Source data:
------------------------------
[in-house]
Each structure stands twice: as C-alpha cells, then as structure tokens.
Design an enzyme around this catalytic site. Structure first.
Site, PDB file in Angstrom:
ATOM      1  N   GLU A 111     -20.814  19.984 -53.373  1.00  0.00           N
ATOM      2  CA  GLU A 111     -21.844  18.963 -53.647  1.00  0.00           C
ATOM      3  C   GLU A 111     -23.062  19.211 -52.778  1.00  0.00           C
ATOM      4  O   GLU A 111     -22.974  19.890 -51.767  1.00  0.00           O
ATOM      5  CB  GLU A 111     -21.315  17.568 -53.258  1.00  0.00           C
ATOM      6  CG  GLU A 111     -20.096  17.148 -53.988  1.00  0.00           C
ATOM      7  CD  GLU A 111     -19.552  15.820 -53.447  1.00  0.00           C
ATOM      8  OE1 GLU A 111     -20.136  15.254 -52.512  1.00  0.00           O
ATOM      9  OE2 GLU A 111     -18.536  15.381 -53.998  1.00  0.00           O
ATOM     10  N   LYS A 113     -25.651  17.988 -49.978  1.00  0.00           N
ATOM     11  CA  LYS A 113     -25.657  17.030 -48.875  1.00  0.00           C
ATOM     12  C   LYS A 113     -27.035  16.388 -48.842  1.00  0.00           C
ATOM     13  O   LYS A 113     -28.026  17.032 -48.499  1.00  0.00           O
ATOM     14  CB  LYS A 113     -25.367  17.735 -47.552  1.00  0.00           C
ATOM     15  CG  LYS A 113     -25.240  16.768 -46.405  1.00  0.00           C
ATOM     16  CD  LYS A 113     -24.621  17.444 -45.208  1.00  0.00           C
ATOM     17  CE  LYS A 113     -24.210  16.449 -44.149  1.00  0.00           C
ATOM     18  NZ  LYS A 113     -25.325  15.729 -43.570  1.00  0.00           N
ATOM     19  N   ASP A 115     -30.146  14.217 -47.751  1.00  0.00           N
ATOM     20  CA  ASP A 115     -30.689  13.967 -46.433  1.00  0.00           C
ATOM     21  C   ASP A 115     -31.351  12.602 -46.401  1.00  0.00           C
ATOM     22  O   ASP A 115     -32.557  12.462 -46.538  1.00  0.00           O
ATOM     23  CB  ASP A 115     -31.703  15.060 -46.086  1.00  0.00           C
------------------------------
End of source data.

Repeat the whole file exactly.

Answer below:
[in-house]
Each structure stands twice: as C-alpha cells, then as structure tokens.
Design an enzyme around this catalytic site. Structure first.
Site, PDB file in Angstrom:
ATOM      1  N   GLU A 111     -20.814  19.984 -53.373  1.00  0.00           N
ATOM      2  CA  GLU A 111     -21.844  18.963 -53.647  1.00  0.00           C
ATOM      3  C   GLU A 111     -23.062  19.211 -52.778  1.00  0.00           C
ATOM      4  O   GLU A 111     -22.974  19.890 -51.767  1.00  0.00           O
ATOM      5  CB  GLU A 111     -21.315  17.568 -53.258  1.00  0.00           C
ATOM      6  CG  GLU A 111     -20.096  17.148 -53.988  1.00  0.00           C
ATOM      7  CD  GLU A 111     -19.552  15.820 -53.447  1.00  0.00           C
ATOM      8  OE1 GLU A 111     -20.136  15.254 -52.512  1.00  0.00           O
ATOM      9  OE2 GLU A 111     -18.536  15.381 -53.998  1.00  0.00           O
ATOM     10  N   LYS A 113     -25.651  17.988 -49.978  1.00  0.00           N
ATOM     11  CA  LYS A 113     -25.657  17.030 -48.875  1.00  0.00           C
ATOM     12  C   LYS A 113     -27.035  16.388 -48.842  1.00  0.00           C
ATOM     13  O   LYS A 113     -28.026  17.032 -48.499  1.00  0.00           O
ATOM     14  CB  LYS A 113     -25.367  17.735 -47.552  1.00  0.00           C
ATOM     15  CG  LYS A 113     -25.240  16.768 -46.405  1.00  0.00           C
ATOM     16  CD  LYS A 113     -24.621  17.444 -45.208  1.00  0.00           C
ATOM     17  CE  LYS A 113     -24.210  16.449 -44.149  1.00  0.00           C
ATOM     18  NZ  LYS A 113     -25.325  15.729 -43.570  1.00  0.00           N
ATOM     19  N   ASP A 115     -30.146  14.217 -47.751  1.00  0.00           N
ATOM     20  CA  ASP A 115     -30.689  13.967 -46.433  1.00  0.00           C
ATOM     21  C   ASP A 115     -31.351  12.602 -46.401  1.00  0.00           C
ATOM     22  O   ASP A 115     -32.557  12.462 -46.538  1.00  0.00           O
ATOM     23  CB  ASP A 115     -31.703  15.060 -46.086  1.00  0.00           C